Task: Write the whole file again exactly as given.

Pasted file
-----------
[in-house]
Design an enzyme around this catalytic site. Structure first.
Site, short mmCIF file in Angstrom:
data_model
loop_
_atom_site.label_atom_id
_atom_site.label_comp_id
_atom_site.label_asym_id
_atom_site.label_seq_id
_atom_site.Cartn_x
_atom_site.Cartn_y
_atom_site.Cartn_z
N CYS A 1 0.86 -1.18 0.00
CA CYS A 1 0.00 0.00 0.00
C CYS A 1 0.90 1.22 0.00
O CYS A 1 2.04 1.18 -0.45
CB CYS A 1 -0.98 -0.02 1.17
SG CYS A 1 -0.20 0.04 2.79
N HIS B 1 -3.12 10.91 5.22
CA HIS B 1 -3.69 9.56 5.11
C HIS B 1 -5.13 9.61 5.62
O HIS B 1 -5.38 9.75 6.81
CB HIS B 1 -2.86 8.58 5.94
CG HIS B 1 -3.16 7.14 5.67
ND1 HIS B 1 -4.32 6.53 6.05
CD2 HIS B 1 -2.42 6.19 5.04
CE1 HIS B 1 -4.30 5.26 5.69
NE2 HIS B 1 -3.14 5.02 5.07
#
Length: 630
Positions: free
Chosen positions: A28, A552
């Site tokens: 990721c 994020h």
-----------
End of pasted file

[in-house]
Design an enzyme around this catalytic site. Structure first.
Site, short mmCIF file in Angstrom:
data_model
loop_
_atom_site.label_atom_id
_atom_site.label_comp_id
_atom_site.label_asym_id
_atom_site.label_seq_id
_atom_site.Cartn_x
_atom_site.Cartn_y
_atom_site.Cartn_z
N CYS A 1 0.86 -1.18 0.00
CA CYS A 1 0.00 0.00 0.00
C CYS A 1 0.90 1.22 0.00
O CYS A 1 2.04 1.18 -0.45
CB CYS A 1 -0.98 -0.02 1.17
SG CYS A 1 -0.20 0.04 2.79
N HIS B 1 -3.12 10.91 5.22
CA HIS B 1 -3.69 9.56 5.11
C HIS B 1 -5.13 9.61 5.62
O HIS B 1 -5.38 9.75 6.81
CB HIS B 1 -2.86 8.58 5.94
CG HIS B 1 -3.16 7.14 5.67
ND1 HIS B 1 -4.32 6.53 6.05
CD2 HIS B 1 -2.42 6.19 5.04
CE1 HIS B 1 -4.30 5.26 5.69
NE2 HIS B 1 -3.14 5.02 5.07
#
Length: 630
Positions: free
Chosen positions: A28, A552
């Site tokens: 990721c 994020h």